Three Autumn Poems
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Of the four seasons, spring and autumn seem to inspire the most poetry. And, though I love spring, there’s something about the melancholy blazing glorious “end” of autumn that has long made it my favourite season.
Whether you resonate with Gerard Manley Hopkins‘s Hurrahing in Harvest, saying with him:
“I walk, I lift up, I lift up heart, eyes,
Down all that glory in the heavens to glean our Saviour…”
Or, will “stay awake, read, write long letters” with Rainer Maria Rilke on an Autumn Day and:
“…wander restlessly up and down
the tree-lined streets, when the leaves are drifting.”
There is a visual poetry to this time of year that seems to inspire reflection and observation.
Here are three autumnal poems: a famous one, a funny one, and my favourite one.
A Robert Frost Poem
Besides Nothing Gold Can Stay (which I memorized as a kid — and still remember!), Robert Frost’s other most famous poem is probably this one:
The Road Not Taken
Two roads diverged in a yellow wood,
And sorry I could not travel both
And be one traveler, long I stood
And looked down one as far as I could
To where it bent in the undergrowth;
Then took the other, as just as fair,
And having perhaps the better claim,
Because it was grassy and wanted wear;
Though as for that the passing there
Had worn them really about the same,
And both that morning equally lay
In leaves no step had trodden black.
Oh, I kept the first for another day!
Yet knowing how way leads on to way,
I doubted if I should ever come back.
I shall be telling this with a sigh
Somewhere ages and ages hence:
Two roads diverged in a wood, and I—
I took the one less traveled by,
And that has made all the difference.
There seems to be a tendency to discount quotes or poems because they’re “too common” (aka too famous), but just because something is often repeated doesn’t mean it has lost its value. Think of the glory of autumn itself — it happens every year and it never gets old. So too good words.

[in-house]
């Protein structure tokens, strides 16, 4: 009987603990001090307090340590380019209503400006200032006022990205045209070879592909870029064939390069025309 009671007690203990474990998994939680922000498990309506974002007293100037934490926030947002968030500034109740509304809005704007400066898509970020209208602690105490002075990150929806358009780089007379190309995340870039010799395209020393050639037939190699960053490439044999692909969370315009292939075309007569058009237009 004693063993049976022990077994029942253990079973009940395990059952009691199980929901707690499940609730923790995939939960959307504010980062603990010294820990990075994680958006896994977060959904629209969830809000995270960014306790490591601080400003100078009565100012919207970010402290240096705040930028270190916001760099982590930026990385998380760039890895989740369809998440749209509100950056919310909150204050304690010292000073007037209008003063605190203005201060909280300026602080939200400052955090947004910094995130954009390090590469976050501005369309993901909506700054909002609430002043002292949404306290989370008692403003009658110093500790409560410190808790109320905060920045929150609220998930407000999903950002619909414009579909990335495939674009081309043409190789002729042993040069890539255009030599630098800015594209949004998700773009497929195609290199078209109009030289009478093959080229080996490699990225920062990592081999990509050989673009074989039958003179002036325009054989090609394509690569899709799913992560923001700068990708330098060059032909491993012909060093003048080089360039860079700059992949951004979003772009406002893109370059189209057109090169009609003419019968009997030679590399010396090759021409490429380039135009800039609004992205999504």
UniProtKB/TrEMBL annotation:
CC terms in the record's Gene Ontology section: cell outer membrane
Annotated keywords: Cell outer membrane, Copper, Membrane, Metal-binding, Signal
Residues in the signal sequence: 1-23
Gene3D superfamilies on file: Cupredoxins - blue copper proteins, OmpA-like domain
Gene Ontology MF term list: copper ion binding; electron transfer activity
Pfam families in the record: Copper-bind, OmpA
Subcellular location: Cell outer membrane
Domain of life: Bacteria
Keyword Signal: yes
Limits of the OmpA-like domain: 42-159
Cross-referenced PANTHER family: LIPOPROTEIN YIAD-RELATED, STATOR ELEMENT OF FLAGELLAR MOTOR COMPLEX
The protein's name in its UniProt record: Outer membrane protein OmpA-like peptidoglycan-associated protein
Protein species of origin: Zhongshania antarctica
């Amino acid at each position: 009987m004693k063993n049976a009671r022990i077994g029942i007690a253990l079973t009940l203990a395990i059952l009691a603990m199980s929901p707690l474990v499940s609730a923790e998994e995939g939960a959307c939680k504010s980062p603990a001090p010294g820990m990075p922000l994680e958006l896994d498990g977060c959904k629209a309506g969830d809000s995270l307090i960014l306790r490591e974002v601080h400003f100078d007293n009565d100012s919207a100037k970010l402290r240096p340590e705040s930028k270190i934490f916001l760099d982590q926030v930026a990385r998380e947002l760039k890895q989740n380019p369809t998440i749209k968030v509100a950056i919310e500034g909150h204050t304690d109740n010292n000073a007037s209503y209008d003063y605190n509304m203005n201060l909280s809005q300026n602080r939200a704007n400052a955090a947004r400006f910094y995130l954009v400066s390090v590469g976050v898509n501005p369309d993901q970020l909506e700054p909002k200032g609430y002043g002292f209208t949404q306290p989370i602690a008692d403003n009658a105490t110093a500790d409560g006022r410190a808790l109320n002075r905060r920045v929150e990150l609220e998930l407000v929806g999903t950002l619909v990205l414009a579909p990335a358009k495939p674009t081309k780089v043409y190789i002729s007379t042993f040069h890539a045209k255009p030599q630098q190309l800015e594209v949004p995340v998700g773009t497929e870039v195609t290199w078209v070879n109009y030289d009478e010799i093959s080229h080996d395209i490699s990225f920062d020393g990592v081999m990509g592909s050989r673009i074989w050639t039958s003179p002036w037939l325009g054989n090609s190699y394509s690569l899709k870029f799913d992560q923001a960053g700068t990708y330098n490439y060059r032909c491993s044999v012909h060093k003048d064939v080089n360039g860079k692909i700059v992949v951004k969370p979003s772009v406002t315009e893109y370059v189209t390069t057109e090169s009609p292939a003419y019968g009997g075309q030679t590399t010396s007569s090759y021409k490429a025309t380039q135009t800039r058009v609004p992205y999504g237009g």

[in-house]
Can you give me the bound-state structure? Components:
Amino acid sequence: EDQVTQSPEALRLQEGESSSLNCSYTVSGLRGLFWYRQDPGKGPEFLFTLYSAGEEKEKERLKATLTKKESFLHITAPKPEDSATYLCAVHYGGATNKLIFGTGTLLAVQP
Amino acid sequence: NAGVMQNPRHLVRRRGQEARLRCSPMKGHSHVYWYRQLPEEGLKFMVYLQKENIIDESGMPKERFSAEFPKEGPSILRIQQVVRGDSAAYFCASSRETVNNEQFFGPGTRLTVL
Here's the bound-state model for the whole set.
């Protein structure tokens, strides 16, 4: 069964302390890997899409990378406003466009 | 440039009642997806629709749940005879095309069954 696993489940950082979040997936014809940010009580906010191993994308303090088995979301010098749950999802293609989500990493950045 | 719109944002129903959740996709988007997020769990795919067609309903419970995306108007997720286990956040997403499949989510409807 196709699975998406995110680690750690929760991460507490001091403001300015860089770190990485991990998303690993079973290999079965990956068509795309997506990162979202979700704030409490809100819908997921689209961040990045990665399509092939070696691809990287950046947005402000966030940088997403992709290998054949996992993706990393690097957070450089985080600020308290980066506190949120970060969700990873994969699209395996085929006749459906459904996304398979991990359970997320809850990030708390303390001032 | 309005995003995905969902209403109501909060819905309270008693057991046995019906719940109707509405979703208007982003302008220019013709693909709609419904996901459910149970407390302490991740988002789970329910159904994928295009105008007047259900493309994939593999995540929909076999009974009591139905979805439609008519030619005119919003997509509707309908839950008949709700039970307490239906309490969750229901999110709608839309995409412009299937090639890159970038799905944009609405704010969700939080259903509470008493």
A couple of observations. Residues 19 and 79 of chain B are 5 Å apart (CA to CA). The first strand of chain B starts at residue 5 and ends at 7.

» Read more Robert Frost poetry.
An Emily Dickinson Poem
I have yet to be speechless over an Emily Dickinson poem — in that “how did you know just the right words to use to describe that unexplainable thing” way — but I often find myself smiling upon reading her poetry, and thinking she would’ve been an interesting person to correspond with. Can you imagine getting emails from Emily Dickinson? I bet they’d be precise and hilarious.
In my search through autumn poems, this one of hers made me smile:
The morns are meeker than they were,
The nuts are getting brown;
The berry’s cheek is plumper,
The rose is out of town.
The maple wears a gayer scarf,
The field a scarlet gown.
Lest I should be old-fashioned,
I’ll put a trinket on.
I don’t quite know why, but that last line cracks me up. And, I think she meant it to do just that. Thanks, Emily.
» Read more Emily Dickinson poetry.
An ee cummings Poem
I discovered this poem just a few years ago, and immediately fell in love. ee cummings often gets me, but this is by far my favourite of his — and of fall poetry in general.
The Glory Is Fallen Out Of
the glory is fallen out of
the sky the last immortal
is dead and the gold
a formal spasm
this is the passing of all shining things
therefore we also
earth, O let
these fragile splendors from
us crumple them hide
them in thy breath drive
them in nothingness
this is the passing of all shining things
no lingering no backward-
wondering be unto
soul, but straight
glad feet fear ruining
and glory girded
I love that repeated line, “this is the passing of all shining things,” but it’s that ending that especially gets me — “straight glad feet fear ruining and glory girded faces lead us into the serious steep darkness” — aghk! How do you come up with lines like that?? The glory is falling from your mind, ee.
The first time I read this poem, I realised at the end that I’d forgotten to breathe. That’s good poetry.
» Read more ee cummings poetry.
What is your favourite autumn poem?
» Speaking of Emily Dickinson…don’t miss your chance to enter the Literary Sights and Smells Giveaway. You could win a library candle set of the Emily Dickinson scent!